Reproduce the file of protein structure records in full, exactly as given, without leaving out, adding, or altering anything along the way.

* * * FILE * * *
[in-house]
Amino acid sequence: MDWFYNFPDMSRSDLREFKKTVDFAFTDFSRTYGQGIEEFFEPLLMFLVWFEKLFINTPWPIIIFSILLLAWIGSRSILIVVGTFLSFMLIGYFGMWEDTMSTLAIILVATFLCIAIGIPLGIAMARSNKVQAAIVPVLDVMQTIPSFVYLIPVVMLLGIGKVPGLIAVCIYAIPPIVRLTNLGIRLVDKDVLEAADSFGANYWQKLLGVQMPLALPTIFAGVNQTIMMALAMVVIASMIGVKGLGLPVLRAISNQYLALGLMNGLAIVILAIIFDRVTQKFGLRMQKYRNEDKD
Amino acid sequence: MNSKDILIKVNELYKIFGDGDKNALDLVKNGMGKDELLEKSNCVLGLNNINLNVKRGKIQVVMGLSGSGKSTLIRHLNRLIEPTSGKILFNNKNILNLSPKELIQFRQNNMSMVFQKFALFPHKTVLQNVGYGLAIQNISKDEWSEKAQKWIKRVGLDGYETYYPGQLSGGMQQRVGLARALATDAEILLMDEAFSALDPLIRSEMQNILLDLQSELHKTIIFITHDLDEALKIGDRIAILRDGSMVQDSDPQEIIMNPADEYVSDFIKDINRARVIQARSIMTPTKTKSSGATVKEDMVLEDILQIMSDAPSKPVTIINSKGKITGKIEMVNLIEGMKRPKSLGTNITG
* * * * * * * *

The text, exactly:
[in-house]
Amino acid sequence: MDWFYNFPDMSRSDLREFKKTVDFAFTDFSRTYGQGIEEFFEPLLMFLVWFEKLFINTPWPIIIFSILLLAWIGSRSILIVVGTFLSFMLIGYFGMWEDTMSTLAIILVATFLCIAIGIPLGIAMARSNKVQAAIVPVLDVMQTIPSFVYLIPVVMLLGIGKVPGLIAVCIYAIPPIVRLTNLGIRLVDKDVLEAADSFGANYWQKLLGVQMPLALPTIFAGVNQTIMMALAMVVIASMIGVKGLGLPVLRAISNQYLALGLMNGLAIVILAIIFDRVTQKFGLRMQKYRNEDKD
Amino acid sequence: MNSKDILIKVNELYKIFGDGDKNALDLVKNGMGKDELLEKSNCVLGLNNINLNVKRGKIQVVMGLSGSGKSTLIRHLNRLIEPTSGKILFNNKNILNLSPKELIQFRQNNMSMVFQKFALFPHKTVLQNVGYGLAIQNISKDEWSEKAQKWIKRVGLDGYETYYPGQLSGGMQQRVGLARALATDAEILLMDEAFSALDPLIRSEMQNILLDLQSELHKTIIFITHDLDEALKIGDRIAILRDGSMVQDSDPQEIIMNPADEYVSDFIKDINRARVIQARSIMTPTKTKSSGATVKEDMVLEDILQIMSDAPSKPVTIINSKGKITGKIEMVNLIEGMKRPKSLGTNITG